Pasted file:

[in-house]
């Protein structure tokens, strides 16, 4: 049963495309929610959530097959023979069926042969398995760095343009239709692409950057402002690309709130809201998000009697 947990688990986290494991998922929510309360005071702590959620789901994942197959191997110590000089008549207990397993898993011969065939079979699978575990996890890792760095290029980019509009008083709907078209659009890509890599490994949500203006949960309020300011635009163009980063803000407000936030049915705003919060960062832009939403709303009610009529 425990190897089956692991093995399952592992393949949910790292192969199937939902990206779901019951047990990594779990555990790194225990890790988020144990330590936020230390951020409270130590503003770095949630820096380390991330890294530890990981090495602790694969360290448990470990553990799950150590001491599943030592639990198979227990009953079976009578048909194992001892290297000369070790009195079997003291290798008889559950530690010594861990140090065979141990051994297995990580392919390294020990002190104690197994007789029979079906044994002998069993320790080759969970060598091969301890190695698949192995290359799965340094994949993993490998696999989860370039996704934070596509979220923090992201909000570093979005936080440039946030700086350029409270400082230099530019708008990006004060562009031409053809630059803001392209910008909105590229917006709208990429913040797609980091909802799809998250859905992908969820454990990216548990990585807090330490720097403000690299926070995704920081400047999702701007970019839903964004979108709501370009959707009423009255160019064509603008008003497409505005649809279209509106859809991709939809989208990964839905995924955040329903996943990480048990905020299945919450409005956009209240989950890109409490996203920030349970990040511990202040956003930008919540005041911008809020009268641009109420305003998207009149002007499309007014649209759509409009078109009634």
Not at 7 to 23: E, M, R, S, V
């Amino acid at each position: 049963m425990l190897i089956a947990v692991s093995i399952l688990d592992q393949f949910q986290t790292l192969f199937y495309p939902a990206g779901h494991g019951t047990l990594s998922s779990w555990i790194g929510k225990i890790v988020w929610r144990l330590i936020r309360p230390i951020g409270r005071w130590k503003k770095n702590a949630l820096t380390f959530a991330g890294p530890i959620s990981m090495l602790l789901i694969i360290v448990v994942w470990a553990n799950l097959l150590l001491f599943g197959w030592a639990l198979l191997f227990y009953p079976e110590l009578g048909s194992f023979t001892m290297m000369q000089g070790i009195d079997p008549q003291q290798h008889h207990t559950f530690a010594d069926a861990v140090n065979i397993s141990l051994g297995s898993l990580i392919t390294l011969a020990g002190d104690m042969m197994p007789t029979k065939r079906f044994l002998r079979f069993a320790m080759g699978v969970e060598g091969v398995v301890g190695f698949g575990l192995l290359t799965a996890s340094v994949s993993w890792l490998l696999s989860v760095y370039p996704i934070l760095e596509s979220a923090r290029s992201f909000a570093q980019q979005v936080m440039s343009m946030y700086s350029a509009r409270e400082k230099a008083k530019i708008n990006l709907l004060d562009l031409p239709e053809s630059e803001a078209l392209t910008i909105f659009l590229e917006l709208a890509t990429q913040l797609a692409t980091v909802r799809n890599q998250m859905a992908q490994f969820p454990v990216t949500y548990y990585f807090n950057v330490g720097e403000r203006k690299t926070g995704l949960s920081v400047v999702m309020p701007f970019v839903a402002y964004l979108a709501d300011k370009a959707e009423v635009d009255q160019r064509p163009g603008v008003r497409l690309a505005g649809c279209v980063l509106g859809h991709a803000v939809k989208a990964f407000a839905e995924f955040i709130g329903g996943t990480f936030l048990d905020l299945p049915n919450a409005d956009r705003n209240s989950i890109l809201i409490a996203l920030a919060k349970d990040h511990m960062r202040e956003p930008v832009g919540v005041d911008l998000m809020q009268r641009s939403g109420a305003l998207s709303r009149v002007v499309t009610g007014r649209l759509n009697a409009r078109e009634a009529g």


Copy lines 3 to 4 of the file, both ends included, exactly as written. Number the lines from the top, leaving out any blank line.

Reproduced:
Not at 7 to 23: E, M, R, S, V
């Amino acid at each position: 049963m425990l190897i089956a947990v692991s093995i399952l688990d592992q393949f949910q986290t790292l192969f199937y495309p939902a990206g779901h494991g019951t047990l990594s998922s779990w555990i790194g929510k225990i890790v988020w929610r144990l330590i936020r309360p230390i951020g409270r005071w130590k503003k770095n702590a949630l820096t380390f959530a991330g890294p530890i959620s990981m090495l602790l789901i694969i360290v448990v994942w470990a553990n799950l097959l150590l001491f599943g197959w030592a639990l198979l191997f227990y009953p079976e110590l009578g048909s194992f023979t001892m290297m000369q000089g070790i009195d079997p008549q003291q290798h008889h207990t559950f530690a010594d069926a861990v140090n065979i397993s141990l051994g297995s898993l990580i392919t390294l011969a020990g002190d104690m042969m197994p007789t029979k065939r079906f044994l002998r079979f069993a320790m080759g699978v969970e060598g091969v398995v301890g190695f698949g575990l192995l290359t799965a996890s340094v994949s993993w890792l490998l696999s989860v760095y370039p996704i934070l760095e596509s979220a923090r290029s992201f909000a570093q980019q979005v936080m440039s343009m946030y700086s350029a509009r409270e400082k230099a008083k530019i708008n990006l709907l004060d562009l031409p239709e053809s630059e803001a078209l392209t910008i909105f659009l590229e917006l709208a890509t990429q913040l797609a692409t980091v909802r799809n890599q998250m859905a992908q490994f969820p454990v990216t949500y548990y990585f807090n950057v330490g720097e403000r203006k690299t926070g995704l949960s920081v400047v999702m309020p701007f970019v839903a402002y964004l979108a709501d300011k370009a959707e009423v635009d009255q160019r064509p163009g603008v008003r497409l690309a505005g649809c279209v980063l509106g859809h991709a803000v939809k989208a990964f407000a839905e995924f955040i709130g329903g996943t990480f936030l048990d905020l299945p049915n919450a409005d956009r705003n209240s989950i890109l809201i409490a996203l920030a919060k349970d990040h511990m960062r202040e956003p930008v832009g919540v005041d911008l998000m809020q009268r641009s939403g109420a305003l998207s709303r009149v002007v499309t009610g007014r649209l759509n009697a409009r078109e009634a009529g």